Note how the returned results also contain the input parameter. As the worker processes will run asynchronously in parallel, we cannot take for granted that output is returned in input order.

Before we start the computation, we add all parameter values to the jobs queue:

jobs = multiprocessing.Queue()
for d in values:
jobs.put(d)


We also have to provide the results queue, which is of course empty at first.

results = multiprocessing.Queue()


Then we can start a number of workers, say four:

for _ in range(4):
process = multiprocessing.Process(target=worker, args=(jobs, results))
process.start()


It may be a good idea to hold on to the process objects and add them to a list processes, just so that Python’s garbage collection won’t accidentally delete them while the external processes are running.

Finally, still in the main process that starts all the workers, we can collect the results. We use a for loop and exploit the fact that there will be as many results as there were jobs to begin with.

for _ in values:
(d, C) = results.get()


We would then display them, plot them, save them to a file, or whatever it is we do with simulation results.

The complete script worker_pool.py, which implements all of the above and also irons out some wrinkles not covered here for the sake of brevity, can be found in the demos folder of the source-code repository. As it runs, it displays a live plot such as the one that follows. It is reproduced here preserving the real time from a run with two workers. Observe how the first two data points do in fact come in out of order.

A more advanced implementation may use a class derived from multiprocessing.Process instead of a mere function, just to be able to save state. For long-running simulations it would make sense to store jobs and results on disk, rather than in memory, so that the execution of the queue may be resumed after a possible interruption. In that case one may, or may not, find the subprocess module from the standard library more convenient for starting the external processes. The worker implementation would then be in a separate module that is run as a script.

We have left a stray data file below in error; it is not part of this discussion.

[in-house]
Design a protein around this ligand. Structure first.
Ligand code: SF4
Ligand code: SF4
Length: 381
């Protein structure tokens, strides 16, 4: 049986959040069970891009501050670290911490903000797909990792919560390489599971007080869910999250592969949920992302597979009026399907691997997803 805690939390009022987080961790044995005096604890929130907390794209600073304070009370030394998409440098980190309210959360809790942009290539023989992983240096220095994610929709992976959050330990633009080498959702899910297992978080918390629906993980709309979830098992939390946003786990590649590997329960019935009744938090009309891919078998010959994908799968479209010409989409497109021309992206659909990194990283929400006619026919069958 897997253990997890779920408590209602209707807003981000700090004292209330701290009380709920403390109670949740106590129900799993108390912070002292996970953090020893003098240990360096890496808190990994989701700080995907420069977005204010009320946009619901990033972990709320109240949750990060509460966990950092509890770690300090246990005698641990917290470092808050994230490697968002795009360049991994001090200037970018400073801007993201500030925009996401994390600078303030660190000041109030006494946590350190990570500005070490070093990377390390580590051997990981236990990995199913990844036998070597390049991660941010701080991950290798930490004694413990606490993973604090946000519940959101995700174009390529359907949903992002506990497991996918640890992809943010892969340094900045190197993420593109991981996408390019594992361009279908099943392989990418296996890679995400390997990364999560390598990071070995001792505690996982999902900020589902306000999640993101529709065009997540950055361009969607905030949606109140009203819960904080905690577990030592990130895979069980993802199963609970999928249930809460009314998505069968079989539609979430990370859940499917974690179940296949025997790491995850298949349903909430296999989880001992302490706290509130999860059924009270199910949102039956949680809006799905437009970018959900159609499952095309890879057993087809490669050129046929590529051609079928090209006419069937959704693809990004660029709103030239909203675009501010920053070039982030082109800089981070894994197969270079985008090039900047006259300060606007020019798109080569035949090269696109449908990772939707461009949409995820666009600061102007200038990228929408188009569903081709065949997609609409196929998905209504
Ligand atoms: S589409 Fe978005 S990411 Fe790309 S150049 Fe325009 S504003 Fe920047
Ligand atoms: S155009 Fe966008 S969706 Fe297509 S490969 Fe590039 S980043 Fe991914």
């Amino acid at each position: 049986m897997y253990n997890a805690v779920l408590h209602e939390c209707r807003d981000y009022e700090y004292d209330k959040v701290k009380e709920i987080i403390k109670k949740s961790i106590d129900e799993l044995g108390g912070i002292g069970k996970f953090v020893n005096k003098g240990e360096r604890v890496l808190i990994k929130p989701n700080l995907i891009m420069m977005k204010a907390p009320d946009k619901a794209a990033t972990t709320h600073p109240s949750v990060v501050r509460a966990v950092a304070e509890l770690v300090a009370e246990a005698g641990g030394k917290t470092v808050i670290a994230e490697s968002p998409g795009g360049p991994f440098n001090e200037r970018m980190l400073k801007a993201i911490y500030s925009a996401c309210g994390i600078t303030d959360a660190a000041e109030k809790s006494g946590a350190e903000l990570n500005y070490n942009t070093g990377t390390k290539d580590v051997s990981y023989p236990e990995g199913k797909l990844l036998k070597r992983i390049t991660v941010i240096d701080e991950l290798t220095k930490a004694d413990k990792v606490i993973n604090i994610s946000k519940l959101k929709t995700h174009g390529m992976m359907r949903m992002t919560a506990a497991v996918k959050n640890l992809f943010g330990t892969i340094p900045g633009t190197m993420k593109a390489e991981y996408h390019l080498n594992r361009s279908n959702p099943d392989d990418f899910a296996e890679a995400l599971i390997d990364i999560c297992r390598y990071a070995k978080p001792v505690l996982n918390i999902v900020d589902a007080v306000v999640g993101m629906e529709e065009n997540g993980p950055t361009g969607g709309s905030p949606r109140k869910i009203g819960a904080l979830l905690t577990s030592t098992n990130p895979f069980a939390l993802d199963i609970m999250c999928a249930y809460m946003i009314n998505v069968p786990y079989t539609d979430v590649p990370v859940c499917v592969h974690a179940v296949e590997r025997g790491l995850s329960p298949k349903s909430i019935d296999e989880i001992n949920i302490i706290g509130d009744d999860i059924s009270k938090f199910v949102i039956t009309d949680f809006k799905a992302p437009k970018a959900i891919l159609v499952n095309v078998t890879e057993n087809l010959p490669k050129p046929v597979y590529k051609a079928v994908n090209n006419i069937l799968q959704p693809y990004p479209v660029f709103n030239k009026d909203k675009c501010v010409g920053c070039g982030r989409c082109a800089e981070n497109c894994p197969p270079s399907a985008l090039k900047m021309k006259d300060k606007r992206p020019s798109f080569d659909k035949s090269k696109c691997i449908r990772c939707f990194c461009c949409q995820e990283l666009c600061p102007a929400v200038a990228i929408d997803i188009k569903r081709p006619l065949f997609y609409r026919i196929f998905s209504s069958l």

## Creating models: Java style¶

The primary focus of MPh is to automate the simulation workflow, like running parameter sweeps or optimization routines with customized, Python-powered post-processing. Creating and altering models is possible, see next section, but has some limitations.

However, any and all functionality offered by the Comsol Java API is accessible via the “pythonized” Java layer provided by JPype, which is exposed as the .java attribute of Client instances, mapping to Comsol’s ModelUtil, as well as of Model instances, mapping to Comsol’s model.

Let’s take this Comsol blog post as an example: “Automate your modeling tasks with the Comsol API for use with Java”. It starts with the following Java code:

import com.comsol.model.*;
import com.comsol.model.util.*;

public class HelloWorld {

public static void main(String[] args) {
run();
}

public static Model run() {
Model model = ModelUtil.create("Model");
model.modelNode().create("comp1");
model.geom().create("geom1", 3);
model.geom("geom1").feature().create("blk1", "Block");
model.geom("geom1").feature("blk1").set("size", new String[]{"0.1", "0.2", "0.5"});
model.geom("geom1").run("fin");
return model;
}
}


What it does is, it creates a model, which contains a 3d geometry component that is just a block 0.1 by 0.2 by 0.5 meters in size.

In Python, we would achieve the same like so:

import mph

client = mph.start()
pymodel = client.create('Model')
model = pymodel.java

model.modelNode().create("comp1");
model.geom().create("geom1", 3);
model.geom("geom1").feature().create("blk1", "Block");
model.geom("geom1").feature("blk1").set("size", ["0.1", "0.2", "0.5"]);
model.geom("geom1").run("fin");


Note how the functional Java code (excluding Java-specific syntax elements) was essentially copied and pasted, even the semicolons, which Python simply ignores. We named the Python wrapper pymodel and assigned model to the underlying Java object just so we could do this. We had to replace new String[]{"0.1", "0.2", "0.5"} because Python does not know what new means. There, Java expects a list of three strings. So we replaced the expression with ["0.1", "0.2", "0.5"], the Python equivalent of just that: a list of these three strings.

Occasionally when translating Java (or Matlab) code you find in the documentation, or a blog post as the case was here, or which Comsol generated from your model when you saved it as a Java/Matlab file, you will have to amend code lines such as the one above. But they are few and far between. The error messages you might receive should point you in the right direction and the JPype documentation would offer help on issues with type conversion.